Rude Wealth Advisory

Choosing the Best College

Many students and parents start their college search by creating a long list of potential schools. Narrowing down that list isn’t always as fun, but getting the most Return on Life from college requires families to balance dreams and practicalities. Start focusing your own college search by answering these three important questions with your high schooler.

1. What are my child’s goals?

The student debt crisis and 2020 COVID-19 lockdowns forced many families to reevaluate what college is really for. Yes, parents want their children to gain independence, develop socially, and have some fun. But the price tag associated with those experiences is becoming harder for many families to justify without a clear educational goal.

That doesn’t mean that your 18-year-old should have their entire life mapped out by the time they graduate high school. Multitalented students who are still exploring might look to schools with strong liberal arts programs that will help them focus their interests into a career. On the other hand, if your daughter has been giving her stuffed animals medical attention since preschool, have a conversation to make sure she is certain about investing time and money into what will be a very challenging — and expensive — academic track.

2. What are my child’s Needs and Wants?

The educational goal you determined in step one should also be at the top of both your child’s Needs and Wants for college. Next, discuss the other items that fall into those categories. Be strict about keeping these Needs and Wants separate, even for things that might blur the boundaries.

For example, is going to a large school with Greek life and a great football team really a Need? Or could your daughter see herself flourishing just as well at a smaller school where learning and social life might move at a slower pace?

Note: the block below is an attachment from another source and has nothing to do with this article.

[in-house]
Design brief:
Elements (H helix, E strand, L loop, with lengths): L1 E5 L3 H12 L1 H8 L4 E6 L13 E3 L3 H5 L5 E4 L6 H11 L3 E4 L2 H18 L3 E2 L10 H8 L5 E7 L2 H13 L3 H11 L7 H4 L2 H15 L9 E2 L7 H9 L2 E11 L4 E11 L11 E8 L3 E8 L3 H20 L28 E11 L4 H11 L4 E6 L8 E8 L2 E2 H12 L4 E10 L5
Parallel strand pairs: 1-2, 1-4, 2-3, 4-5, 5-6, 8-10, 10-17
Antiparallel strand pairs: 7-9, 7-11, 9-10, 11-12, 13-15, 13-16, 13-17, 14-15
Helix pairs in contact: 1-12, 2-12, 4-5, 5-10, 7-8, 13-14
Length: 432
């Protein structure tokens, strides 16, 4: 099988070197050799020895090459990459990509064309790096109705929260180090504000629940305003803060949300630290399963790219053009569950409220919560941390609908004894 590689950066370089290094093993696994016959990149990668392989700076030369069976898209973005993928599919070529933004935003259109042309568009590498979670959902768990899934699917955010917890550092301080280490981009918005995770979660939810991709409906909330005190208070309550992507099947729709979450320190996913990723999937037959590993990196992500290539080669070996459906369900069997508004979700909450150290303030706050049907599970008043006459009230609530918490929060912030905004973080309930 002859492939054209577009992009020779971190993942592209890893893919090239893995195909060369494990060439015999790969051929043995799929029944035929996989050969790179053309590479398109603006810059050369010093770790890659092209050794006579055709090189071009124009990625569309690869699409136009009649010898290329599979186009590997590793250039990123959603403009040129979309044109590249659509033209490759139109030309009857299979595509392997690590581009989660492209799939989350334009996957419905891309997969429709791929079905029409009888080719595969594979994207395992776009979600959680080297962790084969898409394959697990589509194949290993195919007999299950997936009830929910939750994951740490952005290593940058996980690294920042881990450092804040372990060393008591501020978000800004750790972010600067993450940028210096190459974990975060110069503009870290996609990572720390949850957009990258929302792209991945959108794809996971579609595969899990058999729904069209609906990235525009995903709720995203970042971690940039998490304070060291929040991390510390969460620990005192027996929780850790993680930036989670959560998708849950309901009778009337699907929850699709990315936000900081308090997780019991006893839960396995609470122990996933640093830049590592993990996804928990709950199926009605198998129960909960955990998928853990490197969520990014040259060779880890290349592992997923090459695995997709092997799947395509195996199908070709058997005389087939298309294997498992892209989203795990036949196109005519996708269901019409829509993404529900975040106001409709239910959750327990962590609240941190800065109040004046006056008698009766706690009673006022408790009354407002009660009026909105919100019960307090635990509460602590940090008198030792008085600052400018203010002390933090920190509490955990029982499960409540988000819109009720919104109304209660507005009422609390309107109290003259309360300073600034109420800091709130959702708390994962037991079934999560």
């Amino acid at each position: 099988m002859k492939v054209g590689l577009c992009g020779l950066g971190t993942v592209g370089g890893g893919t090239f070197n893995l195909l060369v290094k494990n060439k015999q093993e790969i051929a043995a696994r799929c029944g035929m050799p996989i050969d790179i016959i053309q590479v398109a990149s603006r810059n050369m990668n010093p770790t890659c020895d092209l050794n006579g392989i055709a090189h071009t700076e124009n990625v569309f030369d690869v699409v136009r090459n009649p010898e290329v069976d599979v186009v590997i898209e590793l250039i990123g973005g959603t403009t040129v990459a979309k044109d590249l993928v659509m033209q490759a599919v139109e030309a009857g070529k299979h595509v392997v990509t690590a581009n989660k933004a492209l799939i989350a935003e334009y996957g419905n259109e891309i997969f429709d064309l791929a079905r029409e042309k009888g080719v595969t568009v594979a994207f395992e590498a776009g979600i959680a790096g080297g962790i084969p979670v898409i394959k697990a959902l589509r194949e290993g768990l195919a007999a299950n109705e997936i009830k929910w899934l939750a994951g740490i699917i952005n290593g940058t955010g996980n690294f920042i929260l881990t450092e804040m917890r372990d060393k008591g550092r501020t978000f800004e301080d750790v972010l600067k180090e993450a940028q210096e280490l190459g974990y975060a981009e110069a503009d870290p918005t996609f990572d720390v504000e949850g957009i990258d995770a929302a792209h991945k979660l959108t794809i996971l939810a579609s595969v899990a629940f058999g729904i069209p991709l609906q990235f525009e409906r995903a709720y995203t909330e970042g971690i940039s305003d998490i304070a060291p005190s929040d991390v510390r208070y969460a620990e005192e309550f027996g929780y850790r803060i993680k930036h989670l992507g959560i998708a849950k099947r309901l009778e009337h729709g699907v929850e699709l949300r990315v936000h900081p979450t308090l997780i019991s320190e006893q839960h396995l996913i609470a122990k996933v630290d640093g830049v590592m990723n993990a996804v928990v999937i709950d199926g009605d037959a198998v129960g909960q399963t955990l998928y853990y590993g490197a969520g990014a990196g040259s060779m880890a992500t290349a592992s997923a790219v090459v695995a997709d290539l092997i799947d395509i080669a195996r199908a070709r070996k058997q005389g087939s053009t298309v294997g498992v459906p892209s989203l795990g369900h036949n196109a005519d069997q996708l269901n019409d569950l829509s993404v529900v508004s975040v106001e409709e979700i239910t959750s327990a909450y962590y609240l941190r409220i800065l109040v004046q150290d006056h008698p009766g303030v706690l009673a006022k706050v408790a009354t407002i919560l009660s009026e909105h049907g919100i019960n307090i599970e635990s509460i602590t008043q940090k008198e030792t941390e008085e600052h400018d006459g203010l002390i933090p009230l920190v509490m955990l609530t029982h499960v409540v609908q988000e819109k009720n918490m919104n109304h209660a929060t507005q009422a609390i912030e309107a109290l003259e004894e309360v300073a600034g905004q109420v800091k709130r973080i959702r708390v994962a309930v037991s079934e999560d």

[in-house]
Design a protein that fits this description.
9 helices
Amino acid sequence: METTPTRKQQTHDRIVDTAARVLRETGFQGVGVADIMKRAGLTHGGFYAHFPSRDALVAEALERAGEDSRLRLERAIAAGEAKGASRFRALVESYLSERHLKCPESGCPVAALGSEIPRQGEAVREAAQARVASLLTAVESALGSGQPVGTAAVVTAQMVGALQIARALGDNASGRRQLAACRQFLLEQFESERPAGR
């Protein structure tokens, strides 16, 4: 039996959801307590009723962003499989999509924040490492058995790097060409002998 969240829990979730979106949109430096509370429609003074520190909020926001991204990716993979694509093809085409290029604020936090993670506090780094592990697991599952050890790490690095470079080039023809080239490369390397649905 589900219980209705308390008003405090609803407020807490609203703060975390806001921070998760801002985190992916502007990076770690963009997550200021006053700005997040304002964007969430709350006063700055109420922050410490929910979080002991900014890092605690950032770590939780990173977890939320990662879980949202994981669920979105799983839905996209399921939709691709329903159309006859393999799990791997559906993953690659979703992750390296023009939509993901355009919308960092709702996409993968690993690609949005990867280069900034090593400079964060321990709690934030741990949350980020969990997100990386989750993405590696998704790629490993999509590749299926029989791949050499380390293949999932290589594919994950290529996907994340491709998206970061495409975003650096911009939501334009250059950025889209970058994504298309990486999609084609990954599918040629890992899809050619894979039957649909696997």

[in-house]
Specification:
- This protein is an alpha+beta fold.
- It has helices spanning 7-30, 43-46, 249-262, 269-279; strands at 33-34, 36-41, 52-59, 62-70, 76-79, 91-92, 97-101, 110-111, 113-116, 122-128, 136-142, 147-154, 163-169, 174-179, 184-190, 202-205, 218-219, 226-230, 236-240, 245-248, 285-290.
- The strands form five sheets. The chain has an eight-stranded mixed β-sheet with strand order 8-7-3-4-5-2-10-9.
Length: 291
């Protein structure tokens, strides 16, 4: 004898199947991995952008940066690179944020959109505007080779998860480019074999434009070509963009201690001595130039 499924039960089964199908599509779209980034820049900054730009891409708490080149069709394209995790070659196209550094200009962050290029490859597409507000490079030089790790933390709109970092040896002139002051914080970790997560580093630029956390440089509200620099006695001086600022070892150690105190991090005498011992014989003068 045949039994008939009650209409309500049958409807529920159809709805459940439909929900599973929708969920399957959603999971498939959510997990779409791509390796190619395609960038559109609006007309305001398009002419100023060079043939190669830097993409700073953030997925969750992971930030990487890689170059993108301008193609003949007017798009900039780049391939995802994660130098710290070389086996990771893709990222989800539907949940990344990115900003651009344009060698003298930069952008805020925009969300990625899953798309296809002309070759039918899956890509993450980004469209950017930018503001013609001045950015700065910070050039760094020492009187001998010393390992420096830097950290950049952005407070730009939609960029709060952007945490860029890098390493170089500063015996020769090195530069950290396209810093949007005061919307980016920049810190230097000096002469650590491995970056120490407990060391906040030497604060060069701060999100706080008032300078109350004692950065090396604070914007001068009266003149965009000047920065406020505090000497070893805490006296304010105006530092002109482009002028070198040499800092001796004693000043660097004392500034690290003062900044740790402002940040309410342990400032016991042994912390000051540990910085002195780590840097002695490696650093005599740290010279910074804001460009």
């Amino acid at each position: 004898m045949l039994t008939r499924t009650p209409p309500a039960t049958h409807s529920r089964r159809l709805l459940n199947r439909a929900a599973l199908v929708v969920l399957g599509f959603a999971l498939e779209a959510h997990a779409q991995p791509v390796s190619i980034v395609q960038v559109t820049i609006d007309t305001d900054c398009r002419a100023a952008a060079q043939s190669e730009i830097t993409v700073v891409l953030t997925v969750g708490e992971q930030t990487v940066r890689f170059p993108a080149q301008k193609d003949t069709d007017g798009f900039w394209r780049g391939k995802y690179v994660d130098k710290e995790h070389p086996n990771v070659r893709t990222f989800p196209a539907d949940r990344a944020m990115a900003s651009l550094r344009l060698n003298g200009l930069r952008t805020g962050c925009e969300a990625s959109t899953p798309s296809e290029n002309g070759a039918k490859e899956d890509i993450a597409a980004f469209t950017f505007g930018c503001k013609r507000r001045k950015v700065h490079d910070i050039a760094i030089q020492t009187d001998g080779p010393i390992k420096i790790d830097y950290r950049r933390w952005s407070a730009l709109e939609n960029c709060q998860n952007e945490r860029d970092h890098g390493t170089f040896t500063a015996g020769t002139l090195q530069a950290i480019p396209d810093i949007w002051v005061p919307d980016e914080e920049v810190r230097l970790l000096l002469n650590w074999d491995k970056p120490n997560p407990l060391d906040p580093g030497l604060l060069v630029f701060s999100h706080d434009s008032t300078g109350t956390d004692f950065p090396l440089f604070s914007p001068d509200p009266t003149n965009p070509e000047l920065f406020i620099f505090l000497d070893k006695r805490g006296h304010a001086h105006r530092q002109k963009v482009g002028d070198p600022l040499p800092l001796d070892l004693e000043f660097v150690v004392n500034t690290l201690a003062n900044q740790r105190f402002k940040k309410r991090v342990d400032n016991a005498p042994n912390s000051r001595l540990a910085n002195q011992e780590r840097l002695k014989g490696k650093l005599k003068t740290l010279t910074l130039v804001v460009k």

Does your son Want to go to school in a big city? Or do you both feel like he Needs to expand his horizons and interact with a wider variety of people to mature personally and succeed professionally?

There are no judgments here, no right or wrong answers. The goal is to gain some clarity on what’s really important to your child so that you can match those key characteristics with an ideal school.

3. How are we going to pay for college?

When you were preparing for college, your parents might have called this “The $64,000 Question,” in reference to the old game show. Today, according to recent studies by the Education Data Initiative, figuring out how to pay for a bachelor’s degree could be more like a “$400,000 Question.”

Going to college doesn’t just delay your child’s income earning by four years or more, it can also deplete savings and create debt. And that’s before weighing in factors external to tuitions, such as the cost of textbooks, transportation, and basic living expenses. Outlining these total costs might cause you and your child to look back on those Needs and Wants with a different perspective.

Like any other aspect of your financial plan, the sooner we can anticipate a major transition or expense, the sooner we can start planning for it. Many of our clients list Sending a Child to College on their financial plan while their children are still in grade school. With that kind of foresight, we’re able to explore options like 529 accounts that can supplement savings, scholarships, part-time work, and low-interest student loans.

But even if you and your high schooler just had your first-ever conversation about paying for college, your financial plan gives you options. Make an appointment to speak to us and we’ll help you get your child the best education possible with the money you have.

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